Sky Sharks (2020) Movie Review By D.M. Anderson


Director: Marc Fehse
Writers: Marc Fehse (creator), A.D. Morel
Stars: Cary-Hiroyuki Tagawa, Tony Todd, Naomi Grossman

Do I smell an Oscar, here?
Even with 2020 offering significantly less competition than usual, probably not. Still, Sky Sharks might end up being the Gone with the Wind of sharksploitation movies. That doesn’t necessarily make it a great film – or even a good one – but one has to admire its willingness to throw everything at the wall to see what sticks.

Surprisingly, a lot does stick, even if it doesn’t always make a hell of a lot of narrative or logistical sense. There are indeed plenty of flying sharks, as well as an abundance of zombie Nazis, plane crashes, destruction, geysers of blood, disembowelings, dismemberment, boobs o’ plenty, gratuitous sex, techno music, death metal and, of course, Tony Todd.

For what it’s worth, the plot involves the aforementioned Nazi zombies riding jet-powered, genetically-enhanced sharks to attack planes and slaughter the passengers. It’s up to the Richter Corporation – with the aid of the military and various mercenaries – to end their global reign of terror. There are also numerous flashbacks where we learn that these undead soldiers are the result of Nazi experiments during World War II. Though there’s no real main protagonist, one of the “good guys” is a former Nazi who helped oversee the experiment in the first place. How’s that for bad taste?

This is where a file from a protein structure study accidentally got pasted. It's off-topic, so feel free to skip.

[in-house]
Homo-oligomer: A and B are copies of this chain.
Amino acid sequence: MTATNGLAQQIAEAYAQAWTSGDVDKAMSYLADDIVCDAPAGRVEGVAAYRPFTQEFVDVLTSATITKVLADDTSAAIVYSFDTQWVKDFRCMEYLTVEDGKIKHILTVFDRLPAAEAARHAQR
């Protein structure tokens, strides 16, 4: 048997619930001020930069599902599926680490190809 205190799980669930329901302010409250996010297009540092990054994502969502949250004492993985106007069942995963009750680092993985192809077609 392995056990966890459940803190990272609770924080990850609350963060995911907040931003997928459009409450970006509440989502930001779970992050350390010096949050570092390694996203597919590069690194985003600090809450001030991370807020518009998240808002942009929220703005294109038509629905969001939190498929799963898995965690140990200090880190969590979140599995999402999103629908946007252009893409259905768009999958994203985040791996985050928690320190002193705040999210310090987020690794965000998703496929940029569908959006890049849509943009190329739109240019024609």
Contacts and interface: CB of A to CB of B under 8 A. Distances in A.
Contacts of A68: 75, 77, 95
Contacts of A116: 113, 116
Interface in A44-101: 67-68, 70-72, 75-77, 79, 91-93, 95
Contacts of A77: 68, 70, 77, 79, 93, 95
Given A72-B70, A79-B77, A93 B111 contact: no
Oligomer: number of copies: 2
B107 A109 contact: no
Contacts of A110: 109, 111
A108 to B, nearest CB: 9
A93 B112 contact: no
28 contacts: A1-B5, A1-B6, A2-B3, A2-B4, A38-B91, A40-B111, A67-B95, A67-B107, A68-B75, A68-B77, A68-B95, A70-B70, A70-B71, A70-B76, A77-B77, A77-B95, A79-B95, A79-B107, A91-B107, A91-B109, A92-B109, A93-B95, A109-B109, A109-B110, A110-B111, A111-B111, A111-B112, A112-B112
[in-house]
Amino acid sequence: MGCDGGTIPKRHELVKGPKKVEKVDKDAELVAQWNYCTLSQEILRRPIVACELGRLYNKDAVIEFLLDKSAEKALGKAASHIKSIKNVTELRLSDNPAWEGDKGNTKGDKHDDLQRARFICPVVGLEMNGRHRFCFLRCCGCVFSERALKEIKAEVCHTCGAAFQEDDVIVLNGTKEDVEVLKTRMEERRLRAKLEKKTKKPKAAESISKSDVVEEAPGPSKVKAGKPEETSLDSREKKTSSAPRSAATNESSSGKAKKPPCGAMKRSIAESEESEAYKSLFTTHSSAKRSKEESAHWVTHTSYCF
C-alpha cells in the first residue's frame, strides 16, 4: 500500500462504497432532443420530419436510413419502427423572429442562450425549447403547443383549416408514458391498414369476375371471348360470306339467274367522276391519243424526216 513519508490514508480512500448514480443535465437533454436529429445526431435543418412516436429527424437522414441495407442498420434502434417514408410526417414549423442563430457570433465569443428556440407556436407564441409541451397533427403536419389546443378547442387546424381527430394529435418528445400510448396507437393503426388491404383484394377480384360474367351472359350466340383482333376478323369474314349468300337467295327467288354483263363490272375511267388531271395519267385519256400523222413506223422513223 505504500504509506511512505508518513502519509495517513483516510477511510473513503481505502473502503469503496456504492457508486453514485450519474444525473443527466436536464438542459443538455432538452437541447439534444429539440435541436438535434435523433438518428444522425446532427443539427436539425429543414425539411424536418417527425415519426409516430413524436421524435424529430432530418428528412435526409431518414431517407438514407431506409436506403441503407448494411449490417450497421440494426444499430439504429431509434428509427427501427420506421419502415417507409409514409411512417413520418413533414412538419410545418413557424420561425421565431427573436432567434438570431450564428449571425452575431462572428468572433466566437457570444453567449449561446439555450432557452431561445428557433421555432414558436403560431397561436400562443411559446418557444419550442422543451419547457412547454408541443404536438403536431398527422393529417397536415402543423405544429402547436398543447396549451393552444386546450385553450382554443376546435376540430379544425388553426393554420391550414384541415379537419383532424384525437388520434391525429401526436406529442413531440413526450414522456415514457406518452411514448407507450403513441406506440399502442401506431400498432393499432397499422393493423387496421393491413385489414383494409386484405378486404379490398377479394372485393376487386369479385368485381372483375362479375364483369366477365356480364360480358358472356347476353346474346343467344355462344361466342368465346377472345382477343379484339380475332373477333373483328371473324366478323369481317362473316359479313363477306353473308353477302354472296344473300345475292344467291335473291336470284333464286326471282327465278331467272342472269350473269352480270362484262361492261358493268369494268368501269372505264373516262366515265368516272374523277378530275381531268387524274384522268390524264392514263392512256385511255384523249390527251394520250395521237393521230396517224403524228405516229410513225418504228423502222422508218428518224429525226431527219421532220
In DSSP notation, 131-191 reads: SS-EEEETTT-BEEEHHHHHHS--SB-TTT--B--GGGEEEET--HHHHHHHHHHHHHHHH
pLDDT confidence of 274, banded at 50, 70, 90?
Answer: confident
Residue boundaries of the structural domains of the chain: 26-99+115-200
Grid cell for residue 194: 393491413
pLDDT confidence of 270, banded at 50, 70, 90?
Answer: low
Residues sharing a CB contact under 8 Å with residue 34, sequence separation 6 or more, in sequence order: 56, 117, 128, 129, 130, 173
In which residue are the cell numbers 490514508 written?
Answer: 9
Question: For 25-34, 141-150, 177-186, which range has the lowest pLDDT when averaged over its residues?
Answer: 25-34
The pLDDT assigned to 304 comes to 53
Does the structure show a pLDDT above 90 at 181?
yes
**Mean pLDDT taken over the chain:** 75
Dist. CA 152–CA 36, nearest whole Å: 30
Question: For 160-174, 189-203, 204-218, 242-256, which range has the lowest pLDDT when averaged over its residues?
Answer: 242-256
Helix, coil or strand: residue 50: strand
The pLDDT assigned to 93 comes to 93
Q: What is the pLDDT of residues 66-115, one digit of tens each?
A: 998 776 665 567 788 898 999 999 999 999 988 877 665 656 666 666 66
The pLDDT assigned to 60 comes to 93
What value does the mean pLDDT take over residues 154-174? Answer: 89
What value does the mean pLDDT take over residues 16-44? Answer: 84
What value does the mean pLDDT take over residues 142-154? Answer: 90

How the titular fish came to exist is never explained, but do you really care? Anyone still reading this were sold by the title alone. But unlike the smug, self-aware silliness of Sharknado and its ilk, Sky Sharks isn’t presented with a nudge-and-a-wink. Sure, it’s goofy as hell, often intentionally. And yeah, the dialogue is godawful, as are some of the visual effects. However, writer-director Marc Fehse (whose name pops up in the end credits for at-least a half-dozen other jobs) compensates with enough soft-core sex, bouncing breasts and over-the-top gore (both practical and CGI) to amuse indiscriminate connoisseurs of cinematic sleaze.

But most importantly, despite a poky middle act with some out-of-place music montages, Sky Sharks is shameless fun…and just in time for Academy consideration. Bloodier and nastier than the usual SyFy channel sludge, it’s the kind of movie you might be reluctant to admit you sort-of enjoyed.

By the way…stick through the end-credits. The film’s biggest intentional laugh comes at the very end.

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